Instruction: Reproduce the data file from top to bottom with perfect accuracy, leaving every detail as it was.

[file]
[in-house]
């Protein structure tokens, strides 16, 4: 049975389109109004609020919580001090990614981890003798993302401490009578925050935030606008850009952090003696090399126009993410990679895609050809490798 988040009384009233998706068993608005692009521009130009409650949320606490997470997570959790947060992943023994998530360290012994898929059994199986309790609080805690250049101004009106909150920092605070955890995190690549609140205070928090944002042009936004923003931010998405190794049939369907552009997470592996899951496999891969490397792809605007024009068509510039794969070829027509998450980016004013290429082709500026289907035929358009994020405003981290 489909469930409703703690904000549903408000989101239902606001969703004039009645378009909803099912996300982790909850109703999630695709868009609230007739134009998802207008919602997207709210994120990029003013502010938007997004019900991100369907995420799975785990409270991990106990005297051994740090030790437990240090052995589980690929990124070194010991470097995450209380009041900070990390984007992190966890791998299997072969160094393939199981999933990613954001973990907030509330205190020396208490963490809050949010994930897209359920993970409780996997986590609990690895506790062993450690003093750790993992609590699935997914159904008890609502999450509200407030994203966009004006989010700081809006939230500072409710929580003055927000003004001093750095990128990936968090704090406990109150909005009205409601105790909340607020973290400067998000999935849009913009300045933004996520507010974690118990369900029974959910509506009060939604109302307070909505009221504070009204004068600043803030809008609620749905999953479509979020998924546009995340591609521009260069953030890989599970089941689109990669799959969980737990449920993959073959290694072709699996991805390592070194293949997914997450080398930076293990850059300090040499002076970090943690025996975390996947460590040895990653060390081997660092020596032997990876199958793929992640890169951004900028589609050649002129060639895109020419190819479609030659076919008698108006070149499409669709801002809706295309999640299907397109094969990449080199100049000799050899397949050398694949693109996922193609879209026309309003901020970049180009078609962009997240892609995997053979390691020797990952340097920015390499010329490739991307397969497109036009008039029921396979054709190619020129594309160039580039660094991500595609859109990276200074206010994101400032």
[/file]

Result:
[in-house]
């Protein structure tokens, strides 16, 4: 049975389109109004609020919580001090990614981890003798993302401490009578925050935030606008850009952090003696090399126009993410990679895609050809490798 988040009384009233998706068993608005692009521009130009409650949320606490997470997570959790947060992943023994998530360290012994898929059994199986309790609080805690250049101004009106909150920092605070955890995190690549609140205070928090944002042009936004923003931010998405190794049939369907552009997470592996899951496999891969490397792809605007024009068509510039794969070829027509998450980016004013290429082709500026289907035929358009994020405003981290 489909469930409703703690904000549903408000989101239902606001969703004039009645378009909803099912996300982790909850109703999630695709868009609230007739134009998802207008919602997207709210994120990029003013502010938007997004019900991100369907995420799975785990409270991990106990005297051994740090030790437990240090052995589980690929990124070194010991470097995450209380009041900070990390984007992190966890791998299997072969160094393939199981999933990613954001973990907030509330205190020396208490963490809050949010994930897209359920993970409780996997986590609990690895506790062993450690003093750790993992609590699935997914159904008890609502999450509200407030994203966009004006989010700081809006939230500072409710929580003055927000003004001093750095990128990936968090704090406990109150909005009205409601105790909340607020973290400067998000999935849009913009300045933004996520507010974690118990369900029974959910509506009060939604109302307070909505009221504070009204004068600043803030809008609620749905999953479509979020998924546009995340591609521009260069953030890989599970089941689109990669799959969980737990449920993959073959290694072709699996991805390592070194293949997914997450080398930076293990850059300090040499002076970090943690025996975390996947460590040895990653060390081997660092020596032997990876199958793929992640890169951004900028589609050649002129060639895109020419190819479609030659076919008698108006070149499409669709801002809706295309999640299907397109094969990449080199100049000799050899397949050398694949693109996922193609879209026309309003901020970049180009078609962009997240892609995997053979390691020797990952340097920015390499010329490739991307397969497109036009008039029921396979054709190619020129594309160039580039660094991500595609859109990276200074206010994101400032």